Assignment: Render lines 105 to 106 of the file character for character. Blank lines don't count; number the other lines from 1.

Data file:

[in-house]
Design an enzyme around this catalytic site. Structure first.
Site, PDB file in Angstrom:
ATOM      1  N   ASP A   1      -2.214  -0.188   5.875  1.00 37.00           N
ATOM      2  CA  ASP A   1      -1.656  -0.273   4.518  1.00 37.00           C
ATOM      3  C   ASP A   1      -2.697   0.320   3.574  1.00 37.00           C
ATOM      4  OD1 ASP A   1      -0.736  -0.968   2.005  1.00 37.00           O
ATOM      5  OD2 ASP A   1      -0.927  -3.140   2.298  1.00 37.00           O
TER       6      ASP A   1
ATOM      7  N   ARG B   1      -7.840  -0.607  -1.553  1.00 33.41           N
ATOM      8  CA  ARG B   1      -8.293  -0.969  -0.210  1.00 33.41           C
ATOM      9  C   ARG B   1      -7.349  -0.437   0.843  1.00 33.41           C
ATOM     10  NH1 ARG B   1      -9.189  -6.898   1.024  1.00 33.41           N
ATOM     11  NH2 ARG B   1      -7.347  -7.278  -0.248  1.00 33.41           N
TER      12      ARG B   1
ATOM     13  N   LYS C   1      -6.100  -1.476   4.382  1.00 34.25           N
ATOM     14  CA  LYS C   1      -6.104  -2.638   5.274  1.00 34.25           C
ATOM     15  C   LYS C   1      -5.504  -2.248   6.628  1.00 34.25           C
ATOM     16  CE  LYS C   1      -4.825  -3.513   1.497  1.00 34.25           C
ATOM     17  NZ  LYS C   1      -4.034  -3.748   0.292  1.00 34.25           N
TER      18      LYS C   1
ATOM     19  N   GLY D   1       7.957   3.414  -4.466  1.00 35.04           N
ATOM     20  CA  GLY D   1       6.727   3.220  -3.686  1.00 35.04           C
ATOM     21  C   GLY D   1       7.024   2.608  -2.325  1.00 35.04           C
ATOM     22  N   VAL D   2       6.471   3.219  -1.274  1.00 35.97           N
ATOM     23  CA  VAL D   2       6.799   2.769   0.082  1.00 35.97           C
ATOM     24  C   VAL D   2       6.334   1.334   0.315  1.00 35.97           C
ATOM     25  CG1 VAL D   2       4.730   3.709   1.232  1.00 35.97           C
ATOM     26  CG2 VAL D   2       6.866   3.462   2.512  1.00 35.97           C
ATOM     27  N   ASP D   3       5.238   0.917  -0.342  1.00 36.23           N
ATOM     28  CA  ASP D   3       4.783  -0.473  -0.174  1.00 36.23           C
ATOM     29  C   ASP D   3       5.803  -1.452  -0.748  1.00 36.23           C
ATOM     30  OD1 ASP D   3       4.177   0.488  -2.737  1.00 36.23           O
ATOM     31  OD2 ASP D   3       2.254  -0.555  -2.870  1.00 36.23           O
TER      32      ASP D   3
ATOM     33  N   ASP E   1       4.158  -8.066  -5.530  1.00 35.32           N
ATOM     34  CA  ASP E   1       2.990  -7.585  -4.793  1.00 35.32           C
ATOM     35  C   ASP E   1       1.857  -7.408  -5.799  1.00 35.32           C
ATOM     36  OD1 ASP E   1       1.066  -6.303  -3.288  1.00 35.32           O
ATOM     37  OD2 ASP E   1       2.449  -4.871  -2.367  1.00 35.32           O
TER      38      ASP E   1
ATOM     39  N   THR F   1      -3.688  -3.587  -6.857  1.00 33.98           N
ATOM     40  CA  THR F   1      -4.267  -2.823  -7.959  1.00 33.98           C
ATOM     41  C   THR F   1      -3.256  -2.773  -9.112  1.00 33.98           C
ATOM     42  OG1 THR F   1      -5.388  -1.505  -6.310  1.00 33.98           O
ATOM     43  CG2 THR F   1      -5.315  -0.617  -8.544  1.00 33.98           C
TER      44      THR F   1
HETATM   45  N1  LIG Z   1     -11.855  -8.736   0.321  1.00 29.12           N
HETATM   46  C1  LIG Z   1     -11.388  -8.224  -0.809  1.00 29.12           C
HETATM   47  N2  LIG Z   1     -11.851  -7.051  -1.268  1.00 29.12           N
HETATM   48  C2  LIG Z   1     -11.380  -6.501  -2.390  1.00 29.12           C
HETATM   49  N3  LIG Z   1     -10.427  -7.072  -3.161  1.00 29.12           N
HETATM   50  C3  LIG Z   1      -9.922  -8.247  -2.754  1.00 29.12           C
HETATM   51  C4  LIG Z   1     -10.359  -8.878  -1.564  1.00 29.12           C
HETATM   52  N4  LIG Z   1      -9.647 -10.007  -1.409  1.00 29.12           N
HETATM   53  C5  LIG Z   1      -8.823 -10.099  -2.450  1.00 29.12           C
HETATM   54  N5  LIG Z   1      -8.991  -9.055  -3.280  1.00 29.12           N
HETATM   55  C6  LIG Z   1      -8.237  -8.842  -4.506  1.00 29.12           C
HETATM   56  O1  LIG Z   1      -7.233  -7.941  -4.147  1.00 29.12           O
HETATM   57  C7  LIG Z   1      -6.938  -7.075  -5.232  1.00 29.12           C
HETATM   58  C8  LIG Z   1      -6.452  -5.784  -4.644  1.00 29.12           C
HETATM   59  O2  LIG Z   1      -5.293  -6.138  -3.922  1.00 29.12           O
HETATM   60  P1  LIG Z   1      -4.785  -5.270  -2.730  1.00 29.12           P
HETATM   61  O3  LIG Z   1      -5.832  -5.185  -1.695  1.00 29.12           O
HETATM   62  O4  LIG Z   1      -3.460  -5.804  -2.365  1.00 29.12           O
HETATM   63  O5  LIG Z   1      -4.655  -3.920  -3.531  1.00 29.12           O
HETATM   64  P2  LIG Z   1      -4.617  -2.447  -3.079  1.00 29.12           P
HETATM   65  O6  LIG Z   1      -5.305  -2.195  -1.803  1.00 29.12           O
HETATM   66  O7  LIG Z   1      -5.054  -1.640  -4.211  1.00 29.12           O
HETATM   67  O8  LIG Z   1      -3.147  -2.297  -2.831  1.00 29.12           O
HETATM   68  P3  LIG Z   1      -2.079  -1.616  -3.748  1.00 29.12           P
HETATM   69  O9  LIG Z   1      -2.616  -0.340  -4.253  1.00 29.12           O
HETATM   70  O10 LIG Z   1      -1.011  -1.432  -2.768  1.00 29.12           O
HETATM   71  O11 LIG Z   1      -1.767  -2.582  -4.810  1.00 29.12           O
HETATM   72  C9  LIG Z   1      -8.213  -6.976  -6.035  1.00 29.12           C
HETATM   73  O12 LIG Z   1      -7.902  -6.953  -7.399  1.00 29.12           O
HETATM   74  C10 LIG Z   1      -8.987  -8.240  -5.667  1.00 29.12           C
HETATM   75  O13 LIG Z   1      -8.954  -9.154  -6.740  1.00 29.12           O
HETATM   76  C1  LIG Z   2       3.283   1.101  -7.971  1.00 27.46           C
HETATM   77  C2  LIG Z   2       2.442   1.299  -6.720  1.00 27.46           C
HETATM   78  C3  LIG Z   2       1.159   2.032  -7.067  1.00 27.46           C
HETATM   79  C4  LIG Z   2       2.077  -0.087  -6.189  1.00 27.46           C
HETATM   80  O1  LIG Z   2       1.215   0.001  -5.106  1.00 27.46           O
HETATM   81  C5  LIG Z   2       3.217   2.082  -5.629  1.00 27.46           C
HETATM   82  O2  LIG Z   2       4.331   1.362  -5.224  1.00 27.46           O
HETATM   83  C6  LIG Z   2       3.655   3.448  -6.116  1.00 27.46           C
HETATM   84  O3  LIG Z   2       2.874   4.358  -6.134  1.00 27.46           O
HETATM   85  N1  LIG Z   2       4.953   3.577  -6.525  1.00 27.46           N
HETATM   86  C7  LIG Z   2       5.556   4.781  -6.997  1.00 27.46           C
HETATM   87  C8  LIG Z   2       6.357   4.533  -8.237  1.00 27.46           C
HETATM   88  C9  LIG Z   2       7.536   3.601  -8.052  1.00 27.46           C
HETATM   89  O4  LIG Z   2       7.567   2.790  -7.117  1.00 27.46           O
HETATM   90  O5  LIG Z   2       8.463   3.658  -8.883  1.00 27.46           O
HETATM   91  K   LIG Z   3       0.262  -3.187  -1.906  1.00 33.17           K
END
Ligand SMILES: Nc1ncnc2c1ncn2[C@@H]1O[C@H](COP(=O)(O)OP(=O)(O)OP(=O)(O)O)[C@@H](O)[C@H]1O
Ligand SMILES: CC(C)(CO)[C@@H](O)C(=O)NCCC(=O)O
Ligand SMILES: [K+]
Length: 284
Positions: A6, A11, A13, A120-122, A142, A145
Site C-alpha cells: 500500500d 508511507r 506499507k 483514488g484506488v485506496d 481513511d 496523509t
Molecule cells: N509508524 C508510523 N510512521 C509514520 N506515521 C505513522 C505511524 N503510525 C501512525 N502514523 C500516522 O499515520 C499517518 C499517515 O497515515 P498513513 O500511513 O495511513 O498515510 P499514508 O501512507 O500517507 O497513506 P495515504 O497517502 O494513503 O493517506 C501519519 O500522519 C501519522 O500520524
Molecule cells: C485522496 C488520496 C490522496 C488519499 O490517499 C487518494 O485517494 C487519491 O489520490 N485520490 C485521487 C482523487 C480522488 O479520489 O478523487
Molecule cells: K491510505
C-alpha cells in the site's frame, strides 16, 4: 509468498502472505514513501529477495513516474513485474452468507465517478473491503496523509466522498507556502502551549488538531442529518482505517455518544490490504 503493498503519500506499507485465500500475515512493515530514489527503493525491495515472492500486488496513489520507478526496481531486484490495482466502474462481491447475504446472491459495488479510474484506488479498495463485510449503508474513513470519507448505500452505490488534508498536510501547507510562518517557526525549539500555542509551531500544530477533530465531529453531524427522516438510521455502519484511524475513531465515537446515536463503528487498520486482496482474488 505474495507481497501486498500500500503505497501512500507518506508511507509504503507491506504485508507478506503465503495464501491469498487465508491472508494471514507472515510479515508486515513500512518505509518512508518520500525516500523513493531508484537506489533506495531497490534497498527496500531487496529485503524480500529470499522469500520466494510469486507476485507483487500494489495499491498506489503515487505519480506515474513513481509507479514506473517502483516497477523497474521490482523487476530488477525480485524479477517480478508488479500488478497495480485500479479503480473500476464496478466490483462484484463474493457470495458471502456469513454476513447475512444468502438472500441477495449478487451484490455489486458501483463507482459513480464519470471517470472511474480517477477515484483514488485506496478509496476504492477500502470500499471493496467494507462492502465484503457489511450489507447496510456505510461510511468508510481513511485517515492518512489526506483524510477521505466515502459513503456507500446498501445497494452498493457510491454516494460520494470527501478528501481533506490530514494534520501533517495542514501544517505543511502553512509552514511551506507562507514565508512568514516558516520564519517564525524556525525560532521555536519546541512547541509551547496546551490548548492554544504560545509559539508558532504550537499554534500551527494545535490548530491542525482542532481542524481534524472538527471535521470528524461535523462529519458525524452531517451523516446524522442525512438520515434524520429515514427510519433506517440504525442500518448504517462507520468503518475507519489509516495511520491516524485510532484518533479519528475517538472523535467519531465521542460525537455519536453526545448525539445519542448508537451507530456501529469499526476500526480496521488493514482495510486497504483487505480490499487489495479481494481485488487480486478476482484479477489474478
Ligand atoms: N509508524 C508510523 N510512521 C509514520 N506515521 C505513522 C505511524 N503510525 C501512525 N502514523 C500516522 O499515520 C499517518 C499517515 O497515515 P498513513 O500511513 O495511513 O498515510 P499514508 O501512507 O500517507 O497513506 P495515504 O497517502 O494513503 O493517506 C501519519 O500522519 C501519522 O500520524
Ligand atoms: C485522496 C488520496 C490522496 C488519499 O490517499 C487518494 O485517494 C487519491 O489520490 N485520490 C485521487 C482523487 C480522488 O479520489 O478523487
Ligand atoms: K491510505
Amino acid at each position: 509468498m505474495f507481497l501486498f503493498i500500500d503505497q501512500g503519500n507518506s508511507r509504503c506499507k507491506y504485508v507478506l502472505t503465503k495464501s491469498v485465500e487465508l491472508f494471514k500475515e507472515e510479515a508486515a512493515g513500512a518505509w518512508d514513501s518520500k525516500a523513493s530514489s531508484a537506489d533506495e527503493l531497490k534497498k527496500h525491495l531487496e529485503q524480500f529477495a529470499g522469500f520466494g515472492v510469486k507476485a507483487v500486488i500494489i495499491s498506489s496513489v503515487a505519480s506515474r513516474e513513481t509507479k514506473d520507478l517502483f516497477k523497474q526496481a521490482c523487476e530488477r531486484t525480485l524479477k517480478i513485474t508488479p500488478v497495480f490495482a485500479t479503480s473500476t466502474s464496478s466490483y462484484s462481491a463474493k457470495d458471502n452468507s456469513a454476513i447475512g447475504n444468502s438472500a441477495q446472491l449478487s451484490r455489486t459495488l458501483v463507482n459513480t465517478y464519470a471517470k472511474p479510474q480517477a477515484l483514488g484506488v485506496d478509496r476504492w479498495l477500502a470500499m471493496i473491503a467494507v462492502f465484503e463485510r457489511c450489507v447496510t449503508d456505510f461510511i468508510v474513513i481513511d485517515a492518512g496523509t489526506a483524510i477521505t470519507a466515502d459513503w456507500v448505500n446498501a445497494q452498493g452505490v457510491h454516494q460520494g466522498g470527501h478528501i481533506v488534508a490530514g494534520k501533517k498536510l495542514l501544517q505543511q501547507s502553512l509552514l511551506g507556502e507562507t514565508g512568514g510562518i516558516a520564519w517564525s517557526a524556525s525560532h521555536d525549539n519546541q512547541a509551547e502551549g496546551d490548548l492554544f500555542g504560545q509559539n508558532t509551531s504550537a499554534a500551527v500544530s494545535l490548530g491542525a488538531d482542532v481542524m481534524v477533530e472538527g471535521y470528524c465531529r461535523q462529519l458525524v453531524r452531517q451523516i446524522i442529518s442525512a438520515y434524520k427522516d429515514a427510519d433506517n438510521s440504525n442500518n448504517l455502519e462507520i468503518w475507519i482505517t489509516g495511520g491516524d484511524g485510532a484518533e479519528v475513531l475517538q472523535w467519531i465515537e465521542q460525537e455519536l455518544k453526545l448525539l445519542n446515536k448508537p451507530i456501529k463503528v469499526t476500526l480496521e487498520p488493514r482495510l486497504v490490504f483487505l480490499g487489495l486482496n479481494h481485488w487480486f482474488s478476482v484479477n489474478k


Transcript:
C-alpha cells in the site's frame, strides 16, 4: 509468498502472505514513501529477495513516474513485474452468507465517478473491503496523509466522498507556502502551549488538531442529518482505517455518544490490504 503493498503519500506499507485465500500475515512493515530514489527503493525491495515472492500486488496513489520507478526496481531486484490495482466502474462481491447475504446472491459495488479510474484506488479498495463485510449503508474513513470519507448505500452505490488534508498536510501547507510562518517557526525549539500555542509551531500544530477533530465531529453531524427522516438510521455502519484511524475513531465515537446515536463503528487498520486482496482474488 505474495507481497501486498500500500503505497501512500507518506508511507509504503507491506504485508507478506503465503495464501491469498487465508491472508494471514507472515510479515508486515513500512518505509518512508518520500525516500523513493531508484537506489533506495531497490534497498527496500531487496529485503524480500529470499522469500520466494510469486507476485507483487500494489495499491498506489503515487505519480506515474513513481509507479514506473517502483516497477523497474521490482523487476530488477525480485524479477517480478508488479500488478497495480485500479479503480473500476464496478466490483462484484463474493457470495458471502456469513454476513447475512444468502438472500441477495449478487451484490455489486458501483463507482459513480464519470471517470472511474480517477477515484483514488485506496478509496476504492477500502470500499471493496467494507462492502465484503457489511450489507447496510456505510461510511468508510481513511485517515492518512489526506483524510477521505466515502459513503456507500446498501445497494452498493457510491454516494460520494470527501478528501481533506490530514494534520501533517495542514501544517505543511502553512509552514511551506507562507514565508512568514516558516520564519517564525524556525525560532521555536519546541512547541509551547496546551490548548492554544504560545509559539508558532504550537499554534500551527494545535490548530491542525482542532481542524481534524472538527471535521470528524461535523462529519458525524452531517451523516446524522442525512438520515434524520429515514427510519433506517440504525442500518448504517462507520468503518475507519489509516495511520491516524485510532484518533479519528475517538472523535467519531465521542460525537455519536453526545448525539445519542448508537451507530456501529469499526476500526480496521488493514482495510486497504483487505480490499487489495479481494481485488487480486478476482484479477489474478
Ligand atoms: N509508524 C508510523 N510512521 C509514520 N506515521 C505513522 C505511524 N503510525 C501512525 N502514523 C500516522 O499515520 C499517518 C499517515 O497515515 P498513513 O500511513 O495511513 O498515510 P499514508 O501512507 O500517507 O497513506 P495515504 O497517502 O494513503 O493517506 C501519519 O500522519 C501519522 O500520524